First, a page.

Fixing Anderson Dam remains the top priority for Valley Water

Valley Water is dedicated to working as quickly as possible to complete the Anderson Dam Seismic Retrofit Project so it can safely withstand a large earthquake. It is vital for the health and safety of our community, water supply in Santa Clara County, and our natural environment.

Studies have shown a large earthquake on the Calaveras or Coyote Creek faults could damage Anderson Dam, causing damage or failure and an uncontrolled release of water that could inundate cities and rural areas from San Francisco Bay south to Monterey Bay, including much of Silicon Valley.

In 2019, Valley Water produced a draft of a video demonstrating a worst-case scenario should a filled-to-capacity Anderson Dam fail during a major earthquake. It is frightening to watch but showcases exactly why Valley Water has made this project a top priority and has been working diligently to get this project completed.

While the scenario is very unlikely, Valley Water has taken precautions to reduce the risk of this improbable event even further. This event would have to occur when the reservoir is full because of torrential rains that have produced the highest flood possible at the exact time a maximum earthquake strikes along a nearby fault line.

This draft video has been used by Valley Water to better explain to lawmakers and regulators the level of urgency needed to move the Anderson Dam Seismic Retrofit Project forward. Valley Water has made flood inundation maps available to the public and partners for many years but felt a video would illustrate more clearly the impact of a worst-case-scenario event.

Currently Anderson Reservoir is operating below the level required by the Federal Energy Regulatory Commission (FERC) of 35% capacity. FERC is now demanding Valley Water to begin a full drawdown of the reservoir by Oct. 1, 2020.

The requirement to empty Anderson Reservoir could result in unsafe consequences:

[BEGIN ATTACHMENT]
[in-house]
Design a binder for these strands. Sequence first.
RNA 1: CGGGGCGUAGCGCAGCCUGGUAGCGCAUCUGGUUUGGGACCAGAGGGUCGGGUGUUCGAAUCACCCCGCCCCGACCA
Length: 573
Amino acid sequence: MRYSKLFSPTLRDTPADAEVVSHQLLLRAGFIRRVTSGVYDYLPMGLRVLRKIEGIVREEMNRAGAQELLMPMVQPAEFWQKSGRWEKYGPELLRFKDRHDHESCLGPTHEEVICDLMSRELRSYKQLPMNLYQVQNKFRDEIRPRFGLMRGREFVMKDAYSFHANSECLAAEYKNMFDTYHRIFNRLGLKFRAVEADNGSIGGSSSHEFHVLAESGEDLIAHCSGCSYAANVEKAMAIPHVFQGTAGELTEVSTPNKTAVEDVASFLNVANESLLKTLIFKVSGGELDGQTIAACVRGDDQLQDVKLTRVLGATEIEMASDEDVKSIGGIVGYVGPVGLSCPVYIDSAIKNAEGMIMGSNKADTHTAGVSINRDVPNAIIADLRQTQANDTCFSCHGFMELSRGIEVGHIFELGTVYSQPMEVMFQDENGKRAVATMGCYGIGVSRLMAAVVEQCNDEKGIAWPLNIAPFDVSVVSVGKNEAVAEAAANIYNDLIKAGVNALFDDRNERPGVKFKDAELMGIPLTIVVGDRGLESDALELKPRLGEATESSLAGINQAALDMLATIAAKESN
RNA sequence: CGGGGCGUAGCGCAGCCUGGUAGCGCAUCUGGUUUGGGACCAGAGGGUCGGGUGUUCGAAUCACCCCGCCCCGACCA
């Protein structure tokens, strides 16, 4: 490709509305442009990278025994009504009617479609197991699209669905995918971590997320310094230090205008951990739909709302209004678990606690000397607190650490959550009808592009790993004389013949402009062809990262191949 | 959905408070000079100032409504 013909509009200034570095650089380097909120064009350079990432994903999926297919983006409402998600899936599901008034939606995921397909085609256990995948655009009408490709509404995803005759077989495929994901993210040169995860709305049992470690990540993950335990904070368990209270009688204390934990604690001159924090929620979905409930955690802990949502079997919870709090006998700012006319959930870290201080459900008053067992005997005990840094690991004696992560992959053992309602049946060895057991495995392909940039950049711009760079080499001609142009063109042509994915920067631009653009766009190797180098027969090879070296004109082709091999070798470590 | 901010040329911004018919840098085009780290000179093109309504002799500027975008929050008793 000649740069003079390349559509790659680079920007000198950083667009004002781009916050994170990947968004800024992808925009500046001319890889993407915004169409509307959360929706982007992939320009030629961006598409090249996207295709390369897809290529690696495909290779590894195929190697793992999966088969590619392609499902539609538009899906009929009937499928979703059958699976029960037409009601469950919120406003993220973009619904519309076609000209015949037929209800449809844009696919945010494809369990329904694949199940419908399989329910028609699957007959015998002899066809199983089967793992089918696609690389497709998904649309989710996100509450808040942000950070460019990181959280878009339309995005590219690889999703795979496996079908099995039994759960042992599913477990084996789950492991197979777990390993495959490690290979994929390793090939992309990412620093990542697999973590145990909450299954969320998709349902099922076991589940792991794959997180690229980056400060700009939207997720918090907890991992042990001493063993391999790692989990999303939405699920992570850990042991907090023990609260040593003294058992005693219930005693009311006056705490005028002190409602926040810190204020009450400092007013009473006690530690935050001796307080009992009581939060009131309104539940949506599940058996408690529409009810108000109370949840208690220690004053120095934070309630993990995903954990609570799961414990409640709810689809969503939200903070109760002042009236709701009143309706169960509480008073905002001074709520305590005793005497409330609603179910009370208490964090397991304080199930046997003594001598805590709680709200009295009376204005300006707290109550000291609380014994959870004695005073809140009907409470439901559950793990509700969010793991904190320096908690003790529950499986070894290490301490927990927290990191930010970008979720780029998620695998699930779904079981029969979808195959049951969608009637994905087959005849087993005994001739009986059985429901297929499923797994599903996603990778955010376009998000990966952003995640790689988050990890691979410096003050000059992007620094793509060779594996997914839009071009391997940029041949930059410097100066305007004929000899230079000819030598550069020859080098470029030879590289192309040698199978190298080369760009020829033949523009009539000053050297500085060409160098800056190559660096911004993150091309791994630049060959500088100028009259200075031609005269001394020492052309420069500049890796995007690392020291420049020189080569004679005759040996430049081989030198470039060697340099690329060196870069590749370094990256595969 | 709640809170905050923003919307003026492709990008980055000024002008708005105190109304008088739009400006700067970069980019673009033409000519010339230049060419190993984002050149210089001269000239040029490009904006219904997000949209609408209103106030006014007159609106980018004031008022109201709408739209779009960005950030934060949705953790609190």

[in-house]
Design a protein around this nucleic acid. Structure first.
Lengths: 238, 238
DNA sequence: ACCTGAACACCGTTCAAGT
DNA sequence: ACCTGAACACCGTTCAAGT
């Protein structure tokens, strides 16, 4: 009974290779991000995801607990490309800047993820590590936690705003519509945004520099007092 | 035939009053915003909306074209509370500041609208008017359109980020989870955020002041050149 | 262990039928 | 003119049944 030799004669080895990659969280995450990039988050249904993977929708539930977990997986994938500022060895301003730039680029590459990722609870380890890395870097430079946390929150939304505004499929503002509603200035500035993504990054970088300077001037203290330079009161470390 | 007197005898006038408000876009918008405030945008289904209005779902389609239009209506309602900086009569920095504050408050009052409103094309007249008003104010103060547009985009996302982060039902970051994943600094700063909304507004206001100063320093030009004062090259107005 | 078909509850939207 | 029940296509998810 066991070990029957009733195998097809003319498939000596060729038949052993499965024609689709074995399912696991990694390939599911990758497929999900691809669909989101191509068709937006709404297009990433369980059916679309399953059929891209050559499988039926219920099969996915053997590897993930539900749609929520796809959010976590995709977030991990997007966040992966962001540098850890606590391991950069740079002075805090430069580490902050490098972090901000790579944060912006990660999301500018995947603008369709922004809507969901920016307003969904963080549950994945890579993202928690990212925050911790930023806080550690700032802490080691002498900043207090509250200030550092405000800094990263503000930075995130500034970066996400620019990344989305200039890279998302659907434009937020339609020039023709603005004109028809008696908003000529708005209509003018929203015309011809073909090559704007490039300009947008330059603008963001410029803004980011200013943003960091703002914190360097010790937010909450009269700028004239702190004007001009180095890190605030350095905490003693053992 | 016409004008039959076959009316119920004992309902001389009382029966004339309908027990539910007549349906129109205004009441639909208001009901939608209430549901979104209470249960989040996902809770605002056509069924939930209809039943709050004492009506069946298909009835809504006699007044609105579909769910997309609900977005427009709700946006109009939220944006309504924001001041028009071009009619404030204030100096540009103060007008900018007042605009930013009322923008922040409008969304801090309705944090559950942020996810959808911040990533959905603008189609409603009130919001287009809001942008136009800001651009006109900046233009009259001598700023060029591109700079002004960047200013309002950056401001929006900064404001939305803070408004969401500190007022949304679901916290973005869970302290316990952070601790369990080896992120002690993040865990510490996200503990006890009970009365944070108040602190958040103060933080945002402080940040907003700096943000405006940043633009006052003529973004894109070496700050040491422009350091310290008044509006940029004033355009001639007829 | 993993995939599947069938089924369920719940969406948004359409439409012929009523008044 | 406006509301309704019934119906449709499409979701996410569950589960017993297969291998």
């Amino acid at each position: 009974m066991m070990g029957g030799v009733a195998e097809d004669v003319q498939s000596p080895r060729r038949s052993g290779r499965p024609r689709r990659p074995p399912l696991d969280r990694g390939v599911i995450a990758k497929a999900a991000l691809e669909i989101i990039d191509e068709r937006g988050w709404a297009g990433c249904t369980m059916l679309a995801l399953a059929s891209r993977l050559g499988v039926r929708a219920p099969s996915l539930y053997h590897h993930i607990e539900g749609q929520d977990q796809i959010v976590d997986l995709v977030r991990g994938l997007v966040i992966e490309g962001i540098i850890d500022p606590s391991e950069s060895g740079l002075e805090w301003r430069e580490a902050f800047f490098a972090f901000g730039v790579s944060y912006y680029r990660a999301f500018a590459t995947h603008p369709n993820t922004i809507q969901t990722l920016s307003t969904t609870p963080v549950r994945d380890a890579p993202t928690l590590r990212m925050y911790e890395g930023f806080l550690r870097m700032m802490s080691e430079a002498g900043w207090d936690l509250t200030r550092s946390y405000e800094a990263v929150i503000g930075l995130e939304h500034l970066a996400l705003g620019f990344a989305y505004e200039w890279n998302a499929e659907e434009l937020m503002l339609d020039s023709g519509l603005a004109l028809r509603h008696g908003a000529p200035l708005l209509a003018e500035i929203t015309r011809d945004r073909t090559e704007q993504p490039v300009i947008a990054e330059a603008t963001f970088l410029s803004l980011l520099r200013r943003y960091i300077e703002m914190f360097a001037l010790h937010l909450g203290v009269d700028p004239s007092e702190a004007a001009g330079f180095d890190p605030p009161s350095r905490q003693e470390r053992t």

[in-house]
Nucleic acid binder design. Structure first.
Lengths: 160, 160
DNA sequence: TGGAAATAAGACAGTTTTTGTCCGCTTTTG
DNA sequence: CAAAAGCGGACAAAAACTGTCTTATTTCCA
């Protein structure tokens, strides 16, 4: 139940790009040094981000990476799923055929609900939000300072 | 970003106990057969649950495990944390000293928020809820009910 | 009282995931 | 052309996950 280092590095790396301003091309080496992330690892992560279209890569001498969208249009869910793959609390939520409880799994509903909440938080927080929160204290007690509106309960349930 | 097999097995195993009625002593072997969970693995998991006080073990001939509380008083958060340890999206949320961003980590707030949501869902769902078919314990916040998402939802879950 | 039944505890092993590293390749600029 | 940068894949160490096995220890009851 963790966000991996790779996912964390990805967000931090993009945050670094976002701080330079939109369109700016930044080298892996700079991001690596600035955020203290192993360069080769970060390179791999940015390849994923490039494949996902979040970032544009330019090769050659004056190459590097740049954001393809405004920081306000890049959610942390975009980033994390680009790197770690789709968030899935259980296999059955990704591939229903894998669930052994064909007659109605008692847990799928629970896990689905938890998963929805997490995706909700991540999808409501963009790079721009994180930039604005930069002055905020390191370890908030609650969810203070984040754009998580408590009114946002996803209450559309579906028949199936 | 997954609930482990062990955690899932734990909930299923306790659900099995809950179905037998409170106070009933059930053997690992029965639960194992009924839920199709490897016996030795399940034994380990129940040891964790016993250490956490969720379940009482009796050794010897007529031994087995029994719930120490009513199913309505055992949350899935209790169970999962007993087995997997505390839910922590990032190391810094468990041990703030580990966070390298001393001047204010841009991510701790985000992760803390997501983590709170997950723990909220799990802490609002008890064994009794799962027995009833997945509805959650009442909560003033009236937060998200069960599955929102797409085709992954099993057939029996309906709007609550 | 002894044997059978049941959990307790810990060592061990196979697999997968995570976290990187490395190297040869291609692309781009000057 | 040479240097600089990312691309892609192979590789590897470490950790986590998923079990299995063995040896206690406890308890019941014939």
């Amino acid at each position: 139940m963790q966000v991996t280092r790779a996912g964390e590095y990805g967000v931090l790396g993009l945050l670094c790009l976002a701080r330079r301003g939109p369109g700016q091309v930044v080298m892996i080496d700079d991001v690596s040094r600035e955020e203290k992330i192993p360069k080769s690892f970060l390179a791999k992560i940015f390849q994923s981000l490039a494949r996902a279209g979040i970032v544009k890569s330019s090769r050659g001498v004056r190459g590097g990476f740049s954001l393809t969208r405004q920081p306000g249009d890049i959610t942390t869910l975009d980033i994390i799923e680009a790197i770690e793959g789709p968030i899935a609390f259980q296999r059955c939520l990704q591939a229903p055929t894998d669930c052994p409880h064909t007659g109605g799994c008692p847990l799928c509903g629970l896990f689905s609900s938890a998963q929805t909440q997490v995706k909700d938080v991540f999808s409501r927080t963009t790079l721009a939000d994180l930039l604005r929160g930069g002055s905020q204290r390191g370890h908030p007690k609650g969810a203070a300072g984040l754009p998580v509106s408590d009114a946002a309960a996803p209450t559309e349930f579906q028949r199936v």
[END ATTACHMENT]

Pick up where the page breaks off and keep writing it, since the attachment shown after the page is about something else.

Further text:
• A top concern is the potential to damage the intake structure during the drawdown, which would give us no way to control water flows out of the reservoir, potentially impacting downstream communities. While Valley Water will take every precaution to make sure that does not happen, it is a potential consequence.
  • If the intake structure is damaged during the emptying of Anderson Reservoir, there is a potential for the damage to be exacerbated during an earthquake. A damaged intake structure would mean Valley Water loses control of maintaining water levels within the reservoir in the future.
  • Maintaining the reservoir at the level mandated by FERC as of Feb. 20, 2020, as opposed to a full drawdown beginning in October as ordered, will provide Valley Water an additional ability to control water flows out of the reservoir.
  • A bill has been introduced in the California Legislature, Assembly Bill 3005 authored by Assembly Member Robert Rivas, to speed up the regulatory process and move this project along as quickly as possible. Valley Water continues to look at ways to engage local, state and federal lawmakers to help deliver this project in a timely manner.

Fixing Anderson Dam is a priority for Valley Water. Project details are available at


  1. Thank you for the info and out reach. It doesn’t seem to me that it’s necessary to lower the damn 100%. The wildlife and waterfowl need that as a source for their environment. It seems that you could certainly do work you need without completely draining the reservoir.


    1. The “intake” refers to upstream portion of the dam’s current outlet structure through which water in the reservoir is released from the dam out into Coyote Creek below. Based on our current engineering assessment, the loss of water pressure against the dam embankment from a draw-down of the reservoir to Deadpool increases the risk that the existing intake structure could crumple or deform, resulting in less (or no) water being able to be released from the dam than it can presently release. Land subsidence could also result.
      Valley Water sympathizes with your concerns regarding completely draining the reservoir. However, FERC has ordered us to do this beginning no later than October 1, 2020, and FERC regulates this dam.


  2. The project seems somewhat frivolous since Anderson Dam was completely emptied in 1988 and refilled in 1989 to meet earthquake requirements. I have several photos to show this.


    1. Dana, do you mean it was emptied to meet earthquake requirements? (and then refilled?). Or it was refilled to meet earthquake requirements? If the later, what does that mean? How does filling the reservoir helps with earthquakes?


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